The Return Key

(1 min read)

We humans are adaptable creatures.

I have an ancient keyboard that I keep around because I love the clickety-click springiness of the keys. That said, it’s old, so the return key sticks. And when I say sticks, I mean at least 4-5 times per day when I hit the return key it stays down and creates a bazillion returns in the document I’m working in. And I’m a resume writer so I work in documents a lot.

This has been going on for several years.

I’ve become expert at hitting the return key at just the right angle with my pinky to keep it from sticking, and when it does stick, I can unjam it so fast the computer doesn’t even register the initial keystroke.

It’s become a daily practice – unsticking the return key. I didn’t even realize my gift until my brother sat down to use the computer to write something and started freaking out when he hit the return key and it stuttered out a dozen returns.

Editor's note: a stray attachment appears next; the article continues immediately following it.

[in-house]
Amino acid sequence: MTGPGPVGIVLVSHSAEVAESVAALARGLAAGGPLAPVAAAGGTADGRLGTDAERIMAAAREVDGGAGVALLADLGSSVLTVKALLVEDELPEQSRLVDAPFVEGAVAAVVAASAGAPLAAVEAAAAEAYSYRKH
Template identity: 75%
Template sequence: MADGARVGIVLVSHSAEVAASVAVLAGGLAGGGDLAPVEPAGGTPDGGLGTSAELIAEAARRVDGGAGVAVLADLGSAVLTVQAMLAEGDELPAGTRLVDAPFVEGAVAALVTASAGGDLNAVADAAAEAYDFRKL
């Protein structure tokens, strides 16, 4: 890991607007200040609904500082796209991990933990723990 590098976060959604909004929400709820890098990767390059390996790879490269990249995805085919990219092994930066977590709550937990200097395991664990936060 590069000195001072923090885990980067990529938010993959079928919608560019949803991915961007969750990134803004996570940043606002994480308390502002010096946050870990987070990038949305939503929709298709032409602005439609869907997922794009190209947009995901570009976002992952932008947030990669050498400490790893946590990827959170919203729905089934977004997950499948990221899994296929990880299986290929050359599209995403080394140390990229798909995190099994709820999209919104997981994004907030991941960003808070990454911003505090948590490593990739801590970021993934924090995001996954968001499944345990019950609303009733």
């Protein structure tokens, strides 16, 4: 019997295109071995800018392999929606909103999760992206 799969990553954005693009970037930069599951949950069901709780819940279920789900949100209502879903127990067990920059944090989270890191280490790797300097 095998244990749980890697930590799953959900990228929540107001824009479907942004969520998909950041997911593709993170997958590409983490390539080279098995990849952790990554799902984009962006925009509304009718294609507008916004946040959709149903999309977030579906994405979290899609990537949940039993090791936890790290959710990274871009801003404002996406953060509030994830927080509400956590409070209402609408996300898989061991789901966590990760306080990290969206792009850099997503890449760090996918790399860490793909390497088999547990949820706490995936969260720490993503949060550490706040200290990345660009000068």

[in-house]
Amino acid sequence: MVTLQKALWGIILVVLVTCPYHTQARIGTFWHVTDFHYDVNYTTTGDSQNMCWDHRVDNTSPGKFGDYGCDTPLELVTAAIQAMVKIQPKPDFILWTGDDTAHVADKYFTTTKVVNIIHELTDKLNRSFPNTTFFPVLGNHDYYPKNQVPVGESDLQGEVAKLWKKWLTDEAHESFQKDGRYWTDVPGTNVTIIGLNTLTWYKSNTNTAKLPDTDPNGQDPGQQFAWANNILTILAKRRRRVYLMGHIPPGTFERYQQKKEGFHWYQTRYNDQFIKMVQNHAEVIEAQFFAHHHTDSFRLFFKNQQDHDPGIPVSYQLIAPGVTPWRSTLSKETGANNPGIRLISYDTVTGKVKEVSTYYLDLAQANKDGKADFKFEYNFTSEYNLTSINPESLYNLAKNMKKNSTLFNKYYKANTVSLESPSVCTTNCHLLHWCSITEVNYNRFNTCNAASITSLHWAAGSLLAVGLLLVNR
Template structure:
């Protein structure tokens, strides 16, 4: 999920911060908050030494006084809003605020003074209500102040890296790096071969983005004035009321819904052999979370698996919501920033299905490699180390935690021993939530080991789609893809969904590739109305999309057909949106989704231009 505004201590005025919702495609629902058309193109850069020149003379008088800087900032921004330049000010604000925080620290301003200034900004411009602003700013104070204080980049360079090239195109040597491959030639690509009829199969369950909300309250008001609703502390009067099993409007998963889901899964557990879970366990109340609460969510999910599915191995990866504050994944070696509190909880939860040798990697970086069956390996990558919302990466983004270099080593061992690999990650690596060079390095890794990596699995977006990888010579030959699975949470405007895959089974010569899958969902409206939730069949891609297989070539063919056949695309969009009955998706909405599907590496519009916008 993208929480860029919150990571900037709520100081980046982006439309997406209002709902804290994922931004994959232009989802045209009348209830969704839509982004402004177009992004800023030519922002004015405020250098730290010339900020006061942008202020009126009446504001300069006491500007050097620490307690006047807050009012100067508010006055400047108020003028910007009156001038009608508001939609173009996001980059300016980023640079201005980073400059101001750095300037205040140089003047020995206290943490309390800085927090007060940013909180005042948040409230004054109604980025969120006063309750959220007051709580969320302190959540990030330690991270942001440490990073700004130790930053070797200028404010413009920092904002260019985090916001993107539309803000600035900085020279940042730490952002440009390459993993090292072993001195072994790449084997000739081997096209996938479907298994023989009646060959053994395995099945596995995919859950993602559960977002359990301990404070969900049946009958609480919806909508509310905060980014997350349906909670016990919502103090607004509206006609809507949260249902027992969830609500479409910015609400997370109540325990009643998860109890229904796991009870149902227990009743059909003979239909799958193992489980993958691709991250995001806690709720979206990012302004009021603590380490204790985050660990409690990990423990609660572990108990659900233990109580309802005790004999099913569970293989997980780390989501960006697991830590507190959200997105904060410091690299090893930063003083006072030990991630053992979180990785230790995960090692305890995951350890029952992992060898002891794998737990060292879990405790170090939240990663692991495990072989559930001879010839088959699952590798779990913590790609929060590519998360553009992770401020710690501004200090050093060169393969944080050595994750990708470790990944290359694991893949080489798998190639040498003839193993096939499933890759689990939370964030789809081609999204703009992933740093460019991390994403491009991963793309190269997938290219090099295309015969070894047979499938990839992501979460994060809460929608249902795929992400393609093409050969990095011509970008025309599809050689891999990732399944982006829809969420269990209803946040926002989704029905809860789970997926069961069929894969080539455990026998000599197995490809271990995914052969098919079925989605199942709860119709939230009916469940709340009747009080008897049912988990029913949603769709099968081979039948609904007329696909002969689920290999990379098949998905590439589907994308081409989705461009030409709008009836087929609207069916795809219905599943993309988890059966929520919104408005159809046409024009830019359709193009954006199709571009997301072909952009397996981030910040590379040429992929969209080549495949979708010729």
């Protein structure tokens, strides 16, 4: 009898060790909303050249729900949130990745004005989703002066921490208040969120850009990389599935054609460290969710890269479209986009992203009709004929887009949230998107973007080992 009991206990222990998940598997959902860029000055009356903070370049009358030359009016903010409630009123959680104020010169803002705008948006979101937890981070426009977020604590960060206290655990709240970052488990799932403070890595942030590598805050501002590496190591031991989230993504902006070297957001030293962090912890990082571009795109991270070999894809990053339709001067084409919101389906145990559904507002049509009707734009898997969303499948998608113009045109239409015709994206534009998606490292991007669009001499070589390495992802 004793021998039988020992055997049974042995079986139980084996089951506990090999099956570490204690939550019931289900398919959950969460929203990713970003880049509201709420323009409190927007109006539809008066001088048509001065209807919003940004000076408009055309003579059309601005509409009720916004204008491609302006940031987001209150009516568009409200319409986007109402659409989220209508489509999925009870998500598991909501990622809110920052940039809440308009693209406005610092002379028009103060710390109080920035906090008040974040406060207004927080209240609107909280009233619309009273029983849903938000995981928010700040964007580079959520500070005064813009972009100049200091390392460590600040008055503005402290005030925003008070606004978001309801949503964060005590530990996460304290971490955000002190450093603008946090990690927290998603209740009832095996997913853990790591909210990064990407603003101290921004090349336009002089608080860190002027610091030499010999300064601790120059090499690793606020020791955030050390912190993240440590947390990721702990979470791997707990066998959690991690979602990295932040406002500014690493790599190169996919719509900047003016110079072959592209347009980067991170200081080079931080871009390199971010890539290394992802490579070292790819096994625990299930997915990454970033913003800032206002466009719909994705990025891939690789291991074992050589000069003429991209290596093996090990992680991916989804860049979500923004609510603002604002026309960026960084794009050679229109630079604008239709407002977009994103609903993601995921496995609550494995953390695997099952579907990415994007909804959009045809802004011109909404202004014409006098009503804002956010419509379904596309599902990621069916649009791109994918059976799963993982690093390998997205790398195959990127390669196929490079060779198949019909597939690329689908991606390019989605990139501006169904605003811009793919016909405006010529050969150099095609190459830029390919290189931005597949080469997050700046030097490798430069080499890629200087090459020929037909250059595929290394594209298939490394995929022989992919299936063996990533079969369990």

“Oh yeah,” I said, leaning over his shoulder. “It does that.” I popped the return key back into place.

He looked at me half concerned, half puzzled. “Seriously?”


Workarounds, quick fixes, jimmying, Macgyvering… We’re creative beings and that creativity can protect our laziness quite well, especially if the workaround works good enough.

We can get used to anything. We’ll put up with the jankiest of software, the clunkiest of contraptions, and the most duct-taped doo-dads imaginable, well beyond the limits of practicality, as long as we’re getting from point A to point B and nobody of importance is watching.